Early to bed, early to rise, that is the lifestyle of rural people, a lifestyle I wanted to get on board with but after a night of tossing and turning on a hard mattress where the 35 degree air was only slightly moved around the room by a rotating fan that was too far from the bed to feel, I rose for a boat ride to a floating market feeling like I had been wrapped in plastic and thrown down a flight of stairs.
Is it okay to say that the floating market experience the next day was underwhelming? It doesn’t feel OK. It feels bratty and unimaginative but it was. The market was authentic, people were selling sweet potatoes and watermelons, not souvenirs but there weren’t many of them. Most sellers take advantage of the new roads connecting the island to the mainland and take their wares to land-markets by motorbike, a development the floating market venders of today are either too old or too unwilling to embrace. Land markets are less picturesque for tourists but for the people who actually have to live this life it’s easier, which is all that matters.
In the afternoon we borrowed bicycles and braved the heat (without a hat because I’m an actual idiot) to ride around the island looking for something, I don’t know what. Whatever it was we were looking for we didn’t find it because truly, there was nowhere to go.
Close to the ferry dock we cycled past a sign that said ‘garden café’ so we parked our bikes and shyly pushed open the gates into a little courtyard off a small house where we found a teeny, tiny, wizened old man and a teeny, tiny, wizened old woman sitting in front of a TV. At first they didn’t notice us so we waited, not knowing what else to do, until they saw us standing right in front of them. When finally, the old man began to stand we pointed to a row of cans, once red now bleached pink by the sun lined up in a glass cabinet and said ‘coca-cola’?
The old woman creaked into action and took two fresh cans out of a fridge, the joy, but went on to offer us ‘ice’ which was frozen in a plastic yoghurt pot and had streaks of black running through it. I think it was the only time I’ve ever declined an offer of ice in my drink in Vietnam and I think it was the right thing to do.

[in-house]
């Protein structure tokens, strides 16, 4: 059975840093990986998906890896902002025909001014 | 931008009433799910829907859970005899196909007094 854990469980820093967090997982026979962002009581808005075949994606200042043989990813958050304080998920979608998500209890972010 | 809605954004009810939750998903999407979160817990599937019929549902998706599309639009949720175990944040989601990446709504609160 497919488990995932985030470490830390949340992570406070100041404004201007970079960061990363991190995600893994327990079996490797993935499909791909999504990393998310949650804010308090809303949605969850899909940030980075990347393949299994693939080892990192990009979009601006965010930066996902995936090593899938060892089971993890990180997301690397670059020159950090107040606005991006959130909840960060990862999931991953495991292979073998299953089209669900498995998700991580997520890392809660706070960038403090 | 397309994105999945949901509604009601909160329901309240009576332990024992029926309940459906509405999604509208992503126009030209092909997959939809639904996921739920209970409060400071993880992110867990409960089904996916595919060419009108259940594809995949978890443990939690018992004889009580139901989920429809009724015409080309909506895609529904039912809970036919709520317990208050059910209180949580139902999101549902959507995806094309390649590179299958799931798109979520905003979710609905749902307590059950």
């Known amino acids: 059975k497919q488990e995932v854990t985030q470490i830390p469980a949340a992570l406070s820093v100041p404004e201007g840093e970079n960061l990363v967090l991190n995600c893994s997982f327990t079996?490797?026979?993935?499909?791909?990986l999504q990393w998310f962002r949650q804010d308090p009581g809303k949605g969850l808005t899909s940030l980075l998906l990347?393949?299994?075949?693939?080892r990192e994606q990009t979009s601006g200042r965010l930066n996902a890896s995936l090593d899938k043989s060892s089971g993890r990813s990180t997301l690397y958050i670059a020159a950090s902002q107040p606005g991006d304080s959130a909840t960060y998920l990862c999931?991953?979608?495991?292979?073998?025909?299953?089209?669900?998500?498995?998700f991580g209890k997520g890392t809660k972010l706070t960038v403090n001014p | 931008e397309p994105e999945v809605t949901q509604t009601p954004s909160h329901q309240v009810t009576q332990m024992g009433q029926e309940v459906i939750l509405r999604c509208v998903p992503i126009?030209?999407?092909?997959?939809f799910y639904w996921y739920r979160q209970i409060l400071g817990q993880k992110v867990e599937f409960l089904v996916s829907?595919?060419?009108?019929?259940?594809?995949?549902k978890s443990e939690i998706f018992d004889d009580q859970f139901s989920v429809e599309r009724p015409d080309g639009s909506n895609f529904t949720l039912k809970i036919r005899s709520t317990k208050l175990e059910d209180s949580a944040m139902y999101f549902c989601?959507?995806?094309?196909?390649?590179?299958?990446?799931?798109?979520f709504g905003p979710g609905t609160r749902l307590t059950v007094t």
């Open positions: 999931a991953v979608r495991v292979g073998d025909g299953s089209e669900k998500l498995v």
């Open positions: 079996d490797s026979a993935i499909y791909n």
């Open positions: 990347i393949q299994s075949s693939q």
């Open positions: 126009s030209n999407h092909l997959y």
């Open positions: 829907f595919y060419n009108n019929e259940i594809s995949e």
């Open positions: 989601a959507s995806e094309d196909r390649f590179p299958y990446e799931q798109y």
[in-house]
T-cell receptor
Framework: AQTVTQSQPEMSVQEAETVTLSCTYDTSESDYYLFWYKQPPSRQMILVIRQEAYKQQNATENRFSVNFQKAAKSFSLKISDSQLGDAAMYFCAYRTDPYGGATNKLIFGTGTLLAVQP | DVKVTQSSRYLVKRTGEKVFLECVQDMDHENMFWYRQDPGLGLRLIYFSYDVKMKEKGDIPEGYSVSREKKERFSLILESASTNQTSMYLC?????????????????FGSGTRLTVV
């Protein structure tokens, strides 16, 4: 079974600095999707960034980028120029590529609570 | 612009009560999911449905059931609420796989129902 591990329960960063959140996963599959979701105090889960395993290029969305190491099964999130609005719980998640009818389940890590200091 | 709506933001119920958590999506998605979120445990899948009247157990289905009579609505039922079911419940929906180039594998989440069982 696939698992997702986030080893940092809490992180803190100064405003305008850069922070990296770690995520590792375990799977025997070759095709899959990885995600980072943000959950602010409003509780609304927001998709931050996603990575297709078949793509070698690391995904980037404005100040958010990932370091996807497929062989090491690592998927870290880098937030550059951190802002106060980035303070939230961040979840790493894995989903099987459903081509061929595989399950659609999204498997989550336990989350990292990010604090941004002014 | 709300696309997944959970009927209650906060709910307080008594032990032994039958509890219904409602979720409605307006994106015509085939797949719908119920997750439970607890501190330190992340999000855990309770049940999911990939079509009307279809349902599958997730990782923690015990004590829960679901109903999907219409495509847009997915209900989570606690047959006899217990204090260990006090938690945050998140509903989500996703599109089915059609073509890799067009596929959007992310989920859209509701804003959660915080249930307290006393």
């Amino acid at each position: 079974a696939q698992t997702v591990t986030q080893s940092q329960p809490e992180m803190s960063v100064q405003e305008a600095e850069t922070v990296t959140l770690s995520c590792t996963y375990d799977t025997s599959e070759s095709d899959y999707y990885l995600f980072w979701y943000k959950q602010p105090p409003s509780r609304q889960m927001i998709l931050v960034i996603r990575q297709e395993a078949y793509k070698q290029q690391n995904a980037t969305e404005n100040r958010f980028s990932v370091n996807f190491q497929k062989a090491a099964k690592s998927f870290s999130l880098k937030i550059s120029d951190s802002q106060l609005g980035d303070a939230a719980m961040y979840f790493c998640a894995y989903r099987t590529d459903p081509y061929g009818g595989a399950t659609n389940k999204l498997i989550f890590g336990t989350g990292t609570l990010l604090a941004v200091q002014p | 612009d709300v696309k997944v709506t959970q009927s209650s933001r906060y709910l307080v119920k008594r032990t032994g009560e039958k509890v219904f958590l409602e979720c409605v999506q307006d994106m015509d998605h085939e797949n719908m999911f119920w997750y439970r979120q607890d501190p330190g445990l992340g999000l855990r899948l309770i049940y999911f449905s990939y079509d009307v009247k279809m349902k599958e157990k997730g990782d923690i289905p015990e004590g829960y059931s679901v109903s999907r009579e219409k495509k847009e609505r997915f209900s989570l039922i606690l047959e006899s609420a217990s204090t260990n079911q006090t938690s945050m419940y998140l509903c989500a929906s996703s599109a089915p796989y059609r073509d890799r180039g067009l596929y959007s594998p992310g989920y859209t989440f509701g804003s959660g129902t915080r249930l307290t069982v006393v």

If someone had told me that couple were 110 years old I would have believed it and I felt unworthy of how happy they were they we were there. We drank up, enjoyed the old man practising a few bits of English with us and let them get back to their TV.
Our stay on An Binh Island was a back to basics taste of real rural Vietnamese Mekong life. There were hammocks and copious Dragon fruit and Rambutan trees but after two nights of no sleep, no air conditioning, no restaurants and no cafes I had had my fill.
I had intended to spend an afternoon at Viet Artisans, an arts and crafts school on the island that helped local women to learn handcraft skills and work their way out of poverty but, sadly, I just couldn’t drag my pathetic body across the island in that heat.
I was really mad at myself for that. In fact I felt kind of mad at myself for the way I had wilted in the heat and struggled to find energy for the whole two days. What kind of great explorer was I?
As we left An Binh island behind, taking a local ferry over to Vinh Long then a local bus the few hours drive to Can Tho, I thought about my lack of ‘great explorer’ skills. I’m perpetually tired, I walk with a limp and one of my favourite pastimes is day-dreaming, but that’s me and there’s nothing wrong with that.
I went to An Binh Island, I came, I saw and I did not conquer – it was too damn hot for conquering.